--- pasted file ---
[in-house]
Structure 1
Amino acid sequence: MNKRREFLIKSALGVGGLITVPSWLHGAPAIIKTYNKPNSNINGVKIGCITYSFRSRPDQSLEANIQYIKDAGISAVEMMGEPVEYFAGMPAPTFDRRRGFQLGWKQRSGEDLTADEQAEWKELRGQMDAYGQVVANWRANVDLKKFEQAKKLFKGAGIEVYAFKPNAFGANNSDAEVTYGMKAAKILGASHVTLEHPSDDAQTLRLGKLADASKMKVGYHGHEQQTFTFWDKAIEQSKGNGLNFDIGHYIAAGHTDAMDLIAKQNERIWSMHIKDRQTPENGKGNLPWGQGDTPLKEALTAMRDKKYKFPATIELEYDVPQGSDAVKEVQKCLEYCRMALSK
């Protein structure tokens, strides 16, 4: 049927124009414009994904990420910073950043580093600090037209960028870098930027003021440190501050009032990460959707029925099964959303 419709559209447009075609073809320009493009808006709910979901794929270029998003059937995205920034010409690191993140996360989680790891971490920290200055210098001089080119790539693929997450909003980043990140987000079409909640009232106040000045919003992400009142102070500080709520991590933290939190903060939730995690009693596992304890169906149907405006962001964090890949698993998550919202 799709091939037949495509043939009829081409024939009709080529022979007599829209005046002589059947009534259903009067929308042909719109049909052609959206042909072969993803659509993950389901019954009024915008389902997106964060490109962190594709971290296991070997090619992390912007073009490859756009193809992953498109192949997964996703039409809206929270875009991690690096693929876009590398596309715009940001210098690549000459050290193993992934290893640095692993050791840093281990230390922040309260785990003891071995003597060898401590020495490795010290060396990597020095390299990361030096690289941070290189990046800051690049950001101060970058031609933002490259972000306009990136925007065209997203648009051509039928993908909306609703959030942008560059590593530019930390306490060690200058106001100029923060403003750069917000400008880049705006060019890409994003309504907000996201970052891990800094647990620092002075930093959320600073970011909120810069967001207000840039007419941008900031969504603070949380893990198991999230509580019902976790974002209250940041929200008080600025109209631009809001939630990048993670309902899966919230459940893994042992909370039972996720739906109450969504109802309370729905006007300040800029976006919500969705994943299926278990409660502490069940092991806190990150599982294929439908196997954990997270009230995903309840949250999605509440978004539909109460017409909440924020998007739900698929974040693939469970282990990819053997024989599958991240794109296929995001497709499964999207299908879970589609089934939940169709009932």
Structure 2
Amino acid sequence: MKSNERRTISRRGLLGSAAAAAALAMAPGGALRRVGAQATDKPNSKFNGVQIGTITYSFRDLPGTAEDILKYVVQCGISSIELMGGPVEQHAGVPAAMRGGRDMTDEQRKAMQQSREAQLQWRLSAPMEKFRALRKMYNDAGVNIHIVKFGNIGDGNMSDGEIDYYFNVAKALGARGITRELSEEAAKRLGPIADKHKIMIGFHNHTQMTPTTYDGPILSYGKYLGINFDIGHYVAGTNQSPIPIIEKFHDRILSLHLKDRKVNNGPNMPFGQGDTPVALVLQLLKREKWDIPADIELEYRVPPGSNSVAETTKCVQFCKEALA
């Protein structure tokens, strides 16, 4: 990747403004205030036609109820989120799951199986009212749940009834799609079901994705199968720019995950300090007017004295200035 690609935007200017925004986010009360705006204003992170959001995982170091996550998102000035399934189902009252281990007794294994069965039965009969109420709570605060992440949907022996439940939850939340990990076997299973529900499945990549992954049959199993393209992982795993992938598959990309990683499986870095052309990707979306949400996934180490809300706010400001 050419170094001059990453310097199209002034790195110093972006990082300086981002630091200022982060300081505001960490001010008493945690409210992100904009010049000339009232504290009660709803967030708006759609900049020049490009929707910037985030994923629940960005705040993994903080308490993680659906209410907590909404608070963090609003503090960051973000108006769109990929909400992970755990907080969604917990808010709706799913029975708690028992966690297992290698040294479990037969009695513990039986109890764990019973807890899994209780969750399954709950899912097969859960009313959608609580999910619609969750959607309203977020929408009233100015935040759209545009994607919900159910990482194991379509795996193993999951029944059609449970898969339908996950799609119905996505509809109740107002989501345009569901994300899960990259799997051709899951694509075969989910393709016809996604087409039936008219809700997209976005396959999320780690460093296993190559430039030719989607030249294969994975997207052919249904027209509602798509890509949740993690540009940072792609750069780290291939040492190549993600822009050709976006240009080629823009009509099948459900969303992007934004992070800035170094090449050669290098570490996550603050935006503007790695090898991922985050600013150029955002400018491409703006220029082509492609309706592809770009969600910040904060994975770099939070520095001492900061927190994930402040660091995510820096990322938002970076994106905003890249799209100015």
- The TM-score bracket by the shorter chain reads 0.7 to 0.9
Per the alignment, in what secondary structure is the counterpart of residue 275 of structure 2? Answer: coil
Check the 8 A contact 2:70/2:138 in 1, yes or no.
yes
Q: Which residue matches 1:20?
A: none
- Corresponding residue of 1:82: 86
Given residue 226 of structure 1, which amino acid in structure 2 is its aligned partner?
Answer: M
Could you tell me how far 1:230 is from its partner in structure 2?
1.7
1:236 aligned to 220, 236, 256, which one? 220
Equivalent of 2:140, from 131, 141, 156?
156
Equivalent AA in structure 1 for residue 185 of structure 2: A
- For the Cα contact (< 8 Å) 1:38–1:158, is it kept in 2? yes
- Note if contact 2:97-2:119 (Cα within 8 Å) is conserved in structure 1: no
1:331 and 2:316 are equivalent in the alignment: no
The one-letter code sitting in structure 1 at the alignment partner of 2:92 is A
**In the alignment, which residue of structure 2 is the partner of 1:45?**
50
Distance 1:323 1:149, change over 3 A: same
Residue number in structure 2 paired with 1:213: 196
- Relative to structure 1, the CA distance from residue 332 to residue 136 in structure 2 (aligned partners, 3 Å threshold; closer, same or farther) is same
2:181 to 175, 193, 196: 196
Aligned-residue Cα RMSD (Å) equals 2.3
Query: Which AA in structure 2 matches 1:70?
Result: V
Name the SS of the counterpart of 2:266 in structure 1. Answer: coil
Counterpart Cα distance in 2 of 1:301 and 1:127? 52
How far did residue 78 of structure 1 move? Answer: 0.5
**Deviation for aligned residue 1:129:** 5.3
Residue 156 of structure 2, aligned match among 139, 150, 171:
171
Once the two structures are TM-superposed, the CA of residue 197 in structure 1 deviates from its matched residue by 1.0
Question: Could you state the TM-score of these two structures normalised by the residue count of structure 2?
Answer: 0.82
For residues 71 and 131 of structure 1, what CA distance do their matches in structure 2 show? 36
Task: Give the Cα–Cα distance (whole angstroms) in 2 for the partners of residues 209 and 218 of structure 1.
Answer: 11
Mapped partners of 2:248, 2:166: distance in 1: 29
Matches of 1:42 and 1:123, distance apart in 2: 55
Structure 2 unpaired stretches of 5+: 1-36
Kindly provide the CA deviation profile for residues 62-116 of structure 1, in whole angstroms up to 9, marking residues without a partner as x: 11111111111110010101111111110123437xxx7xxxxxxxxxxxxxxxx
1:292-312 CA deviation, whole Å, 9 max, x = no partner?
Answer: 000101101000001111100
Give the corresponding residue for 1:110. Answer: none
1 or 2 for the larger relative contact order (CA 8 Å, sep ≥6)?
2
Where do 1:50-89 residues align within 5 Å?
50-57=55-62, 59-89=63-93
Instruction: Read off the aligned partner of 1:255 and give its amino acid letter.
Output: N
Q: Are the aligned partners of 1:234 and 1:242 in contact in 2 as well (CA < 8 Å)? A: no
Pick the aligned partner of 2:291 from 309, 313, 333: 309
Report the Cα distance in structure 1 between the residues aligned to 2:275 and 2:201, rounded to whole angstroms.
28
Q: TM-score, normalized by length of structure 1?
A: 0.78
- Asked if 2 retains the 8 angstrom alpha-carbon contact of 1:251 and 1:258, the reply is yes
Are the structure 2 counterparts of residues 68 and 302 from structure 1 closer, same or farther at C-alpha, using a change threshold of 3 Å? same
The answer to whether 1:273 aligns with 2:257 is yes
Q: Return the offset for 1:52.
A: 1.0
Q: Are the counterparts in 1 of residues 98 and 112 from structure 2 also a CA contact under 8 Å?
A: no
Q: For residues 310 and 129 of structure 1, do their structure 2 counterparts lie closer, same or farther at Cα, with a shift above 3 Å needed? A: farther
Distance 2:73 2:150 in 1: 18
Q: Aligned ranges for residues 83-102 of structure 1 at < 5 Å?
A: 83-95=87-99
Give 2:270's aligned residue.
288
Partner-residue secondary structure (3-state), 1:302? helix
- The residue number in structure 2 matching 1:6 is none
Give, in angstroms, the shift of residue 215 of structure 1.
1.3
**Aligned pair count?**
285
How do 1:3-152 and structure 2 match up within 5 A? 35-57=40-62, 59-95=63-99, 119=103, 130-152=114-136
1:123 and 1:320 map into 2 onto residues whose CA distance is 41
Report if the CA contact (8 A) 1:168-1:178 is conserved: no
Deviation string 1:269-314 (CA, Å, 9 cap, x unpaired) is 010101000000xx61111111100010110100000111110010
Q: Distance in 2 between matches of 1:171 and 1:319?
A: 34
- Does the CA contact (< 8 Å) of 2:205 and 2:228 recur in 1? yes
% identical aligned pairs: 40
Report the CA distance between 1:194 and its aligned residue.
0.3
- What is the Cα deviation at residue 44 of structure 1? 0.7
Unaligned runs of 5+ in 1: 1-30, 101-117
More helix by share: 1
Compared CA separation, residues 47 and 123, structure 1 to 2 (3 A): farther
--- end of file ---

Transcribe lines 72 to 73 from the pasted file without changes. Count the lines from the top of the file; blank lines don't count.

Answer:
Q: Are the counterparts in 1 of residues 98 and 112 from structure 2 also a CA contact under 8 Å?
A: no